I watched with fascination as the Wana elder, a woman of about 80, deftly rolled tree bark into an intricate traditional pipe. I sat on a hand-woven leaf floor mat and listened to her husband, a jovial, talkative character, explain about life in the forest
“We are forest dwellers. In the old days we were nomadic, but now we settle in an area for three to four years. We clear a patch of land and grow our crops. When the soil is depleted, we pack up our plank houses and move. We have the deepest respect for the earth. We take only what we need,” he explained.
The Wana people are true conservationists and practise sustainable agricultural methods that have enabled them to live in balance with nature for thousands of years. Yonatan, the national park ranger who guided us into the Morowali Nature Reserve, explained how this practice of forest management is called ‘swidden’ and is a shifting agricultural system that has served the Wana people well and preserved their forests for centuries.
“Here, have a look,” the chief said, handing me a blowpipe. “We are great hunters.” He showed me his range of darts, some loaded with poison, some not.
There is only one way to meet the Wana – you must trek into their territory. We entered by boat, and Yonatan had come on board our traditional phinisi-style schooner, the Ombak Putih, the day before and helped guide us into the bay where we anchored overnight. We left early in the morning by zodiac and entered the national park via the Rano River. We had a six-kilometre jungle walk ahead of us. Most of our Ombak Putih crew came with us. None of us, including the ship’s captain, Feri (who was from Gorontalo in North Sulawesi), had ever been on the Wano River or met the tribal forest dwellers, so suffice to say, there was a lot of excitement and curious anticipation as we entered the river inlet and made our way to the trailhead. The morning was charged with a little Indiana Jones vibe, and we were up for the adventure.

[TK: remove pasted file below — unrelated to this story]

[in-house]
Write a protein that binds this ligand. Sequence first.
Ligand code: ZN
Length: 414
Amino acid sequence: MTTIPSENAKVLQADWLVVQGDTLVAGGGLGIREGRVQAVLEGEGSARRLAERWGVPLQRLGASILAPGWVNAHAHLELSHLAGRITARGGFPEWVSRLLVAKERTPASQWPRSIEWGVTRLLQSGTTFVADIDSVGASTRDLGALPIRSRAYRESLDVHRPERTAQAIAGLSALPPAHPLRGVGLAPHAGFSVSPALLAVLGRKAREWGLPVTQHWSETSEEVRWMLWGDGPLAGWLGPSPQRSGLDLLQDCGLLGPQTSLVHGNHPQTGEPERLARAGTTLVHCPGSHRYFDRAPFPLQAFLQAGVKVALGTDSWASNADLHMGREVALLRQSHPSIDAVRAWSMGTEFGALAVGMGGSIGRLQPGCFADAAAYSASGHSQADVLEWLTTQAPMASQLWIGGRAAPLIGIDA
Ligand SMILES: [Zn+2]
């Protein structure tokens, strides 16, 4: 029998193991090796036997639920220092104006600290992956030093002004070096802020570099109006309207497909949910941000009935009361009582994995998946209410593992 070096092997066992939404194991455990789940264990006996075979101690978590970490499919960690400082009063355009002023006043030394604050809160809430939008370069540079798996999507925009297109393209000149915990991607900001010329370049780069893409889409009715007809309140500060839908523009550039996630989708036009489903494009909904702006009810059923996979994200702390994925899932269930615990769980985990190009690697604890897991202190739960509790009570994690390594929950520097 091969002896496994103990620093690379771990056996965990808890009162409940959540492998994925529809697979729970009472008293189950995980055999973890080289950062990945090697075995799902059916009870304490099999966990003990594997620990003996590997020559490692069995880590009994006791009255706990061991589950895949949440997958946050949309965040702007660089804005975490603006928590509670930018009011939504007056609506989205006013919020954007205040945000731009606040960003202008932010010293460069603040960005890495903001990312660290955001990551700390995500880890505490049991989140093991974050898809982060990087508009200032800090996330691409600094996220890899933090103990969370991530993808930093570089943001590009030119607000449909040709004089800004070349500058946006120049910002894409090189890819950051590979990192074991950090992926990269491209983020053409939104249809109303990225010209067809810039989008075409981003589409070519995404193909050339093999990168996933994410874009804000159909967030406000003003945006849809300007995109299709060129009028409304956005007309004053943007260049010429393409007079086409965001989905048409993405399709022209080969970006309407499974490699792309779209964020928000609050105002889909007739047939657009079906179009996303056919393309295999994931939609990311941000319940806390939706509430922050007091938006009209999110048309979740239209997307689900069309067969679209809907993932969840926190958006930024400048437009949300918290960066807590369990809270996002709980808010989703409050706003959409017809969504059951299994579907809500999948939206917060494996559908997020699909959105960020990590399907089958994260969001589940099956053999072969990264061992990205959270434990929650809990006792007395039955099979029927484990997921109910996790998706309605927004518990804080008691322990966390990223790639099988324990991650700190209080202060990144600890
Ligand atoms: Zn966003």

After alighting from the zodiac, we entered the forest. The park ranger went ahead, slashing back the thorny rattan that ambushed the trail. It was a humid, hot day and we were lucky to stay under the cover of primary rainforest for the first hour. Just before lunch, we forded a cool stream, which was a welcome relief. We criss-crossed our way through patches of savannah as the trail cut through swamps, and somehow I managed to walk right past a huge green tree snake hanging over my head on a low branch. Our eagle-eyed photographer spotted it and got a great shot, and it made me wonder how many other creatures great and small live camouflaged in these ancient forests. I made a short, sharp shuffle past our crewmates and caught up with Yonatan, to make sure that if there were any more surprises in store, I would be at his side.
After five kilometres of trekking, we found an idyllic forest clearing and ate a nutritious pre-packed picnic lunch and took a rest. Thirty minutes later, out of nowhere we came upon a long, neat-looking fence. After hopping the fence, we came to some cornfields and then a series of dry rice fields. Next, we caught sight of our first wooden tribal Wana house.